Greece had been one of the original 10 members of the EEC, the European Economic Community, which was the free-trade zone that predated the transition to the EU.  Unlike Sweden or England, who joined the EU without adopting the Euro, Greece was not able to do so.  Greece's option was either to not join the EU (which would have been an embarrassing admission of 2nd-class status) or to join the EU and adopt the Euro.  So they entered and adopted the Euro.

But Greece's main source of income has always been tourism and one of the things that a tourist country relies on is being affordable enough for people to go there.  When we went in 1999, we could afford to go for 5 weeks and the average hotel room cost $30 per night.  When we went in 2007, we could only afford to stay for 10 days and the average hotel room cost $120 per night.  Food, transportation, and entertainment all rose commensurately.

It was hard on tourism, but it was even harder on the average Greek who suddenly became more interested in holding on to their meager wages rather than coughing up to pay taxes.

And since  Greece did not control its own currency anymore, they couldn't revalue it to save themselves.

And so here we are and this time instead of a Parthenon which will stand for the ages as the economy and government collapse, the Greeks have a few more highways, set prices in restaurants, and a crapload of cheaply built vacation homes that very few Greeks can afford to buy (before the EU, only citizens could buy property, but with the EU, Northerners turned the Greek islands into Europe's Florida) to show for it.

So what now?

If you're an average Greek, the answer's pretty simple:  default.  Leave the Euro. Take the hit and then take control of your currency.  Sure, there won't be any borrowing for a long time, but there will be tourism, autonomy, and Greek goods sold in the stores instead of Belgian ones.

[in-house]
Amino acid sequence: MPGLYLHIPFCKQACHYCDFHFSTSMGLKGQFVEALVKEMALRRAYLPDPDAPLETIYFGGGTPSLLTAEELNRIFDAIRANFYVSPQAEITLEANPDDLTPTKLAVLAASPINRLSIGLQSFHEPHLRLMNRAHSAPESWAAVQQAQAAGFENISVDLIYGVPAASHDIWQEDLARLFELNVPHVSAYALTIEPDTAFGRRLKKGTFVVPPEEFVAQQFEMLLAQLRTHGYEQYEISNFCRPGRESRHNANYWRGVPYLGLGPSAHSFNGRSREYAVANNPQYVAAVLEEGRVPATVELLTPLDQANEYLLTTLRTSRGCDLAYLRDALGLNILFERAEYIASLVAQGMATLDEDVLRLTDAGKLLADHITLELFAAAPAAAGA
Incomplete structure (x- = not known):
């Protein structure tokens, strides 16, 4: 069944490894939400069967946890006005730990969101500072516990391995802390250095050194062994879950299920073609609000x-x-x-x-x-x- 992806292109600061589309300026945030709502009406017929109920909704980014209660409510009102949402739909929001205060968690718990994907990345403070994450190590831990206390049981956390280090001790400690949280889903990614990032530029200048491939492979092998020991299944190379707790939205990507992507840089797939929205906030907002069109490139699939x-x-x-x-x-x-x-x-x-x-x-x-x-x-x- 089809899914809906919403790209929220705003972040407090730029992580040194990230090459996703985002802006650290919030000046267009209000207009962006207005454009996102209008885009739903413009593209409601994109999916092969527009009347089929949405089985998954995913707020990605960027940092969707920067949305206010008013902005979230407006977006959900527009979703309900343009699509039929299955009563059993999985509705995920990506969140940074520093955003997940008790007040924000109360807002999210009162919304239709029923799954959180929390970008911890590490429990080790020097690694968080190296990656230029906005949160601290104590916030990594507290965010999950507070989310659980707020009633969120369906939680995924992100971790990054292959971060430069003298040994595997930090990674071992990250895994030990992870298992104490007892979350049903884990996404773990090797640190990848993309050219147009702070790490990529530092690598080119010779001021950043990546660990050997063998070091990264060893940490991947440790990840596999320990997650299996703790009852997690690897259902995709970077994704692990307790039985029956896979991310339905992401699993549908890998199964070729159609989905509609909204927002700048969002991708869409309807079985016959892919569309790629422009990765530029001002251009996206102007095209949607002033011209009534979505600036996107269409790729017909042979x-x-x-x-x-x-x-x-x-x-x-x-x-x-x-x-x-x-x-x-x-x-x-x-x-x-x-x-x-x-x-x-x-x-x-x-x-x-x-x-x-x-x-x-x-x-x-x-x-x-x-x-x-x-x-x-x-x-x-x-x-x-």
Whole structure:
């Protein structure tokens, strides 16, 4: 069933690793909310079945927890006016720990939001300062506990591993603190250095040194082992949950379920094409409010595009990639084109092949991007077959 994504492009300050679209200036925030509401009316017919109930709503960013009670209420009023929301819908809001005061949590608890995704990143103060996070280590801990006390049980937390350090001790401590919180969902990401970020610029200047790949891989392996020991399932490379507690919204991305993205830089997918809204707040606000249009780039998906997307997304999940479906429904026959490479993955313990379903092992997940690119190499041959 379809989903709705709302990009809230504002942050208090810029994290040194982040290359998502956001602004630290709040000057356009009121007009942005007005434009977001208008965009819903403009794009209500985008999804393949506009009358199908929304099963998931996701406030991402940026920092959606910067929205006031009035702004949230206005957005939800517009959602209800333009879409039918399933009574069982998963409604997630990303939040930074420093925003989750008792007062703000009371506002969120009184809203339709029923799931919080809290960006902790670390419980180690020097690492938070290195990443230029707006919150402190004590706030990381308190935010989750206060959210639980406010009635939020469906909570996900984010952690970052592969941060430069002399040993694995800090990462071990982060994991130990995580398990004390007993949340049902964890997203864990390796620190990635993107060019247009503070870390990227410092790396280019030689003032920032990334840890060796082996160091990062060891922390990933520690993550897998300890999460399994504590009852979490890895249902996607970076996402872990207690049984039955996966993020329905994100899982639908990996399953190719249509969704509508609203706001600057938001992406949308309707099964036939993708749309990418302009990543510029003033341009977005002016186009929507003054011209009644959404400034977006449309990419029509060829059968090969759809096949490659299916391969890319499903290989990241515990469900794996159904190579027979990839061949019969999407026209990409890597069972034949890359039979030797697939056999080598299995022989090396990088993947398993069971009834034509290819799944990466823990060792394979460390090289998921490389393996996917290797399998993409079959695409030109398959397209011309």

And there won't be four straight stages of imposed pro-bank and anti-worker austerity.

Much like in our own country, arguing that average people need to suffer to save banks from their own poor decisions is a loser's position.  Arguing that the wealthy shouldn't lose because the system they created has bit them in the balls shouldn't get much sympathy.  

If a friend offers to lend you $5.00 with interest so you can pay them back the $5.00 you owe them, they aren't a friend.

And default won't be a permanent scar on the face of Greece.  Argentinashows us that investors will return -- money goes where there is money to be made.

I took a bath on that restaurant, but I recovered and was better off as soon as I got out from under it and the same will be true for the Greeks.  

Bring back the Drachma:

Crossposted from my personal blog
Poll

Should the Greeks Default?

71%25 votes
22%8 votes
2%1 votes
0%0 votes
0%0 votes
2%1 votes

| 35 votes | Vote | Results

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Comment Preferences

  •  Tip Jar (15+ / 0-)

    Credulant (adj): Something that is not fully credible because it is unsourced but it sounds true so it is accepted without argument.

    by xajaxsingerx on Mon Nov 14, 2011 at 06:01:36 PM PST

  •  nice diary (2+ / 0-)
    Recommended by:
    Pluto, daveygodigaditch

    I feel smarter than before I read it

  •  Excellent. (1+ / 0-)
    Recommended by:
    daveygodigaditch

    Thanks for a fascinating perspective.

  •  Honestly, when I watch Bloomberg TV, (2+ / 0-)
    Recommended by:
    G2geek, phonegery

    I'm kinda astonished at the venal attitudes towards Greece, and now, Italy by both Americans and the Northern Europeans. Financial "analysts" speaking about these two countries as if they were filled with stupid, worthless peasants who should be grateful to called Europeans.

    Yes, keep EUROPE together - at any price. Austerity under the "technocrats" will probably destroy both countries for a long time but hey, - they get the priviledge of being in the club called EUROPE.

    I agree 100% they need to default as of yesterday,

    •  "they need to default" (0+ / 0-)

      Italy can pay her debts, which are mainly owed to her own people.

      In Greece, on the other hand, the national debt has gotten out of hand.

      Greece can never repay the loans and probably not even make her lenders whole over 20 years even at 2% interest.

      Greece should be able to decide among the bad choices she has what she wants to do, but I felt that she should have defaulted months ago, and that was probably months too late.

  •  I've spent literally months (1+ / 0-)
    Recommended by:
    SingleVoter

    reading about the Greek Debt crisis. This brief diary helped me understand more than all that previous reading.